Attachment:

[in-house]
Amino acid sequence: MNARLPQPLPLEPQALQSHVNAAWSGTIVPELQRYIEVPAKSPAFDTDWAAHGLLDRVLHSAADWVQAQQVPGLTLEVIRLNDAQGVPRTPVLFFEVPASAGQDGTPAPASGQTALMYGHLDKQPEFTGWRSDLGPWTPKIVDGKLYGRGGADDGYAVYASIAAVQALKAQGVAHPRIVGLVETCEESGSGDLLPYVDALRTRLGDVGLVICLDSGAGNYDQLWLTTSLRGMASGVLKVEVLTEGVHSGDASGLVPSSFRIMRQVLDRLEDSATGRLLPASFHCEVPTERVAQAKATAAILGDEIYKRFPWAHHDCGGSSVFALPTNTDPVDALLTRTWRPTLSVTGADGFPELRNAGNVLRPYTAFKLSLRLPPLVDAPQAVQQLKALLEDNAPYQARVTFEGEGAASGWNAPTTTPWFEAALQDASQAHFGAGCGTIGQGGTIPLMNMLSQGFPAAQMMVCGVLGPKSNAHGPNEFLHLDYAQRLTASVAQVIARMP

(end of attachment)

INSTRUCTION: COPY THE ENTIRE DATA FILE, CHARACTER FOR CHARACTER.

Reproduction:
[in-house]
Amino acid sequence: MNARLPQPLPLEPQALQSHVNAAWSGTIVPELQRYIEVPAKSPAFDTDWAAHGLLDRVLHSAADWVQAQQVPGLTLEVIRLNDAQGVPRTPVLFFEVPASAGQDGTPAPASGQTALMYGHLDKQPEFTGWRSDLGPWTPKIVDGKLYGRGGADDGYAVYASIAAVQALKAQGVAHPRIVGLVETCEESGSGDLLPYVDALRTRLGDVGLVICLDSGAGNYDQLWLTTSLRGMASGVLKVEVLTEGVHSGDASGLVPSSFRIMRQVLDRLEDSATGRLLPASFHCEVPTERVAQAKATAAILGDEIYKRFPWAHHDCGGSSVFALPTNTDPVDALLTRTWRPTLSVTGADGFPELRNAGNVLRPYTAFKLSLRLPPLVDAPQAVQQLKALLEDNAPYQARVTFEGEGAASGWNAPTTTPWFEAALQDASQAHFGAGCGTIGQGGTIPLMNMLSQGFPAAQMMVCGVLGPKSNAHGPNEFLHLDYAQRLTASVAQVIARMP